<%@LANGUAGE="JAVASCRIPT" CODEPAGE="1252"%> Wayne Blaylock

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1994 MTWCC 50

WCC No. 9307-6827




Respondent/Insurer for




The trial in this matter was held on November 1, 1993, in Billings, Montana, the Honorable Mike McCarter, Judge of the Workers' Compensation Court, presiding. Petitioner, Wayne Blaylock(claimant), was present and represented by Mr. Patrick R. Sheehy. Respondent, National Union Fire Insurance of Pittsburgh (National),was represented by Mr. Kelly M. Wills.

Claimant testified on his own behalf. Leslie M. Kissler, Kenneth James Gauthier and John Thompson were sworn and testified. Exhibits 1 through 9 were admitted into evidence by stipulation. No depositions were offered. The matter at issue in this case is claimant's entitlement, if any, to permanent partial disability benefits under sections 39-71-705 to 708, MCA (1983).

Having considered the pretrial order, the testimony presented at trial, the demeanor and credibility of the witnesses, the exhibits, and the arguments of the parties, the Court makes the following:


1. Claimant is currently 34 years old. He is married and has three children. He graduated from high school but has no post-highschool education.

2. After graduation from high school, claimant worked for approximately a year as a construction and concrete worker; as a member of a seismograph crew; and as worker on a "glue crew" making wood laminated beams.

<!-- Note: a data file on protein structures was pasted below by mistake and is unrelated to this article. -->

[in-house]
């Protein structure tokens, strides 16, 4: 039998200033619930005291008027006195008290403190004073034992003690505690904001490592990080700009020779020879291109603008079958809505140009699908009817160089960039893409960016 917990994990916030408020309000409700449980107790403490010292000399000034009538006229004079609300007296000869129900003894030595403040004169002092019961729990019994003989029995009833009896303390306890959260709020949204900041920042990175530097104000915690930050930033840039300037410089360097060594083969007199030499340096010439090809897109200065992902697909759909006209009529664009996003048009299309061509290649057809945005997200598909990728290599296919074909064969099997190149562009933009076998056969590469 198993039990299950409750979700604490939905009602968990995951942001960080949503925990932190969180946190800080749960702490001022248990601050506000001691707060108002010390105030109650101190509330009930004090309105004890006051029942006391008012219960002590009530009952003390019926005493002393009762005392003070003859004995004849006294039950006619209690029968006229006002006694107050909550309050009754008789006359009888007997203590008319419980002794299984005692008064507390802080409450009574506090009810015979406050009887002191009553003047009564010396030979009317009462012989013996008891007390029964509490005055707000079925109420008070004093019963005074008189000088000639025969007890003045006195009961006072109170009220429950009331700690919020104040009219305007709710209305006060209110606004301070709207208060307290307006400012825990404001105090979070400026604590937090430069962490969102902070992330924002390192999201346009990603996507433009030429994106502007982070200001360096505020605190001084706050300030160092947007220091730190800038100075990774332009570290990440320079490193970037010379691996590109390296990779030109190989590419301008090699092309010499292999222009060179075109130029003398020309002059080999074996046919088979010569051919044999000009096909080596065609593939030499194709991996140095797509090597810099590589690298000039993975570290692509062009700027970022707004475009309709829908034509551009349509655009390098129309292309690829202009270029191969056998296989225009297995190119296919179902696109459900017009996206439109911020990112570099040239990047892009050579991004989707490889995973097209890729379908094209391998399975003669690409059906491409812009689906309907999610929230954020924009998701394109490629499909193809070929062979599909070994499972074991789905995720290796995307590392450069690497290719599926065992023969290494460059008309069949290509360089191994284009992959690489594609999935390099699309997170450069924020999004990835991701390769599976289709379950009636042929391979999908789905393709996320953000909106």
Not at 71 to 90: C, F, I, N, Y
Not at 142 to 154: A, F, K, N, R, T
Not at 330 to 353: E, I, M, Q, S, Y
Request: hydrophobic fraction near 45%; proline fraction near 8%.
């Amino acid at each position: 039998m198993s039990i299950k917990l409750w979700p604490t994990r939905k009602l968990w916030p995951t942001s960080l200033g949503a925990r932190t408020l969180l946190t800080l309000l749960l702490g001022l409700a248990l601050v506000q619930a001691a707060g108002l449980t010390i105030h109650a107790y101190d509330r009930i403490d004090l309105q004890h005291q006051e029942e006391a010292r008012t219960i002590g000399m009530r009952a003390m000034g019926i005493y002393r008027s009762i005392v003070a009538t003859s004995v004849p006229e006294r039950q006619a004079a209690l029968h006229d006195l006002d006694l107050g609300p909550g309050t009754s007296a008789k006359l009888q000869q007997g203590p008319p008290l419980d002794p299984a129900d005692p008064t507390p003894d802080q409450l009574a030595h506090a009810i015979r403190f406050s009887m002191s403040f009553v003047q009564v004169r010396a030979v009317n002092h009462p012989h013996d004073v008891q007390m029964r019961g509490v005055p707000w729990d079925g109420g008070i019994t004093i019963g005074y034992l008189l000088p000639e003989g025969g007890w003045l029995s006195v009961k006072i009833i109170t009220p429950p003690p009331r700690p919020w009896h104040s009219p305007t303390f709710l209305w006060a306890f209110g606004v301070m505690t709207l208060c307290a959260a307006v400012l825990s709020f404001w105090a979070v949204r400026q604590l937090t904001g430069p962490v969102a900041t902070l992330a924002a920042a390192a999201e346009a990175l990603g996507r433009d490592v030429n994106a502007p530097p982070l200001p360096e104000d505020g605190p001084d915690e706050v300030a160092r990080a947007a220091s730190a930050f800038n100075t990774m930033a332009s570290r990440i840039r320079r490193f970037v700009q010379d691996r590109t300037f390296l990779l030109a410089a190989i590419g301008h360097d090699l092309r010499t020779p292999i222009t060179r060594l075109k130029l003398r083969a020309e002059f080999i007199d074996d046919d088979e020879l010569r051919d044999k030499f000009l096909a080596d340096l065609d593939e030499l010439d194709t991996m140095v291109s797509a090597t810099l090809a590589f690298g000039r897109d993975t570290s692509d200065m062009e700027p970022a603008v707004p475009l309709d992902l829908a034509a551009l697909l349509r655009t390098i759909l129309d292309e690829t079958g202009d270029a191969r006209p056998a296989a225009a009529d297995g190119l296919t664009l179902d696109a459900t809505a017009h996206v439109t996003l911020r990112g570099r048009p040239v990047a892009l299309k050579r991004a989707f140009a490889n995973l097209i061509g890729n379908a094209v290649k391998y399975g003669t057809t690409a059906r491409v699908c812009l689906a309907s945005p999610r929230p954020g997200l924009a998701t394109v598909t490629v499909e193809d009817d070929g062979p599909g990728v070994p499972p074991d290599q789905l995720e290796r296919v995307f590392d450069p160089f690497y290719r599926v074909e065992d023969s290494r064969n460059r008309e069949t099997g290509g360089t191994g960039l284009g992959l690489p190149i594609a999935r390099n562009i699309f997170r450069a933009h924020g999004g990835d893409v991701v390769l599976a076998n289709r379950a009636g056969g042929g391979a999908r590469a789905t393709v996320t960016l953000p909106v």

3. In 1979 claimant began work at the Stillwater Mine. He began as a core driller's helper. His duties included breaking core drilling rods loose and replacing them with empty rods, loading50-100 pound sacks of chemicals into agitators, and removing cores. Claimant rapidly advanced to the position of core driller. Bothjobs involved surface drilling.

4. On October 13, 1983, while working as a core driller,claimant's left arm and hand were pulled into the spinning fins ofan alternator fan. Claimant was able to extract his arm and hand bypulling them back through the alternator fan. He suffered a gashapproximately three inches wide and four inches long extending fromhis fingers to his wrist, exposing bones and veins. A less seriousgash extended approximately six inches up his arm from the wrist.

5. At the time of the industrial accident, the operator of theStillwater Mine, and claimant's employer, was Manville Corporation(Manville). Manville was enrolled under Compensation Plan 2 of theWorkers' Compensation Act, and was insured by National Union FireInsurance Company of Pittsburgh. National accepted liability forthe claim and has paid compensation and medical benefits.

6. Claimant was initially treated with pain medication andsuturing of his wounds.

7. On October 17, 1983, claimant was examined by Dr. Frankel,a hand specialist, who thereafter treated claimant. On January 16,1984, Dr. Frankel performed a surgical procedure known as az-plasty, a scar excision, and a tendon graft on claimant's wound. Dr. Frankel recommended daily exercises to increase claimant's wristflexion. Claimant performed the exercises, which were painful.

8. Dr. Frankel released claimant to work with no restrictionson April 23, 1984. The doctor performed an impairment evaluation onJuly 17, 1984, and assigned claimant a permanent partial impairmentrating of the left upper extremity at 8 percent. This rating wasbased on a 5 percent rating for loss of function/mobility (ofabout 25 degrees on the left wrist) and 3 percent for "recurrentdiscomfort about dorsum of wrist from dorsal capsular scarring."(Ex. 2 at 3).